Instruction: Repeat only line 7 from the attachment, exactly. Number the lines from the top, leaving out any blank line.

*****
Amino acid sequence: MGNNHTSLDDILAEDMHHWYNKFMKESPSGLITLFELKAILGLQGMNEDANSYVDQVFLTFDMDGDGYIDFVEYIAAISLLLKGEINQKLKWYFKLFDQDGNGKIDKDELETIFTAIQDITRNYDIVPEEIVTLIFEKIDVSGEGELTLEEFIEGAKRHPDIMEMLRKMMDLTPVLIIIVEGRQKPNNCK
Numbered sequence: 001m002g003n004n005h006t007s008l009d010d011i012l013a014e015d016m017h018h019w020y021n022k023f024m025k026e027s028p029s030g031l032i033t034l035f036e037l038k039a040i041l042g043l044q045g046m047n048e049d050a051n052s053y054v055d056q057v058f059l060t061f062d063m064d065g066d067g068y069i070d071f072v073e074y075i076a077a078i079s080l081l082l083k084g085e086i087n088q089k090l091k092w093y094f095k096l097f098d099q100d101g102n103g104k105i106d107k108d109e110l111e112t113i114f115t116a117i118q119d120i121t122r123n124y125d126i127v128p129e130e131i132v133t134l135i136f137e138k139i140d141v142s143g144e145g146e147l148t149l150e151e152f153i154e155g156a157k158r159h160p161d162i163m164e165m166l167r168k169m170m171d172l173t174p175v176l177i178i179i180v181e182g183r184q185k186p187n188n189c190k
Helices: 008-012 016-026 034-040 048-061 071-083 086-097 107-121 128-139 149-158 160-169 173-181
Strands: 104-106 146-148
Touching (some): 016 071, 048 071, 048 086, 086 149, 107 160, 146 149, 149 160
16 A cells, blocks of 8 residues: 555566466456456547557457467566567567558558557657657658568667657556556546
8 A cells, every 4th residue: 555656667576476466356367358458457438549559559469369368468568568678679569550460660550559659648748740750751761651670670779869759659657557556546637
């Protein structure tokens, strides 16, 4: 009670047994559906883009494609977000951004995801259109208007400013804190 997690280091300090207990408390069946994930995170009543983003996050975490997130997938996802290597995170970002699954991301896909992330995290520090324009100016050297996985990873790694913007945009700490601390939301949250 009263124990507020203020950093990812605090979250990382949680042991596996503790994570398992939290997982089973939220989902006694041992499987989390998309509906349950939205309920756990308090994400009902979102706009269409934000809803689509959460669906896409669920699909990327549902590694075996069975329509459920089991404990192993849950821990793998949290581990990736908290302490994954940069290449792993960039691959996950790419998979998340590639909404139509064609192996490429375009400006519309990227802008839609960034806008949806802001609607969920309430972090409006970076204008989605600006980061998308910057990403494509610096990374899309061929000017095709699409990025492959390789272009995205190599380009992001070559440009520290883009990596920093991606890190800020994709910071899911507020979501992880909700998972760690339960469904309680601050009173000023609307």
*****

8 A cells, every 4th residue: 555656667576476466356367358458457438549559559469369368468568568678679569550460660550559659648748740750751761651670670779869759659657557556546637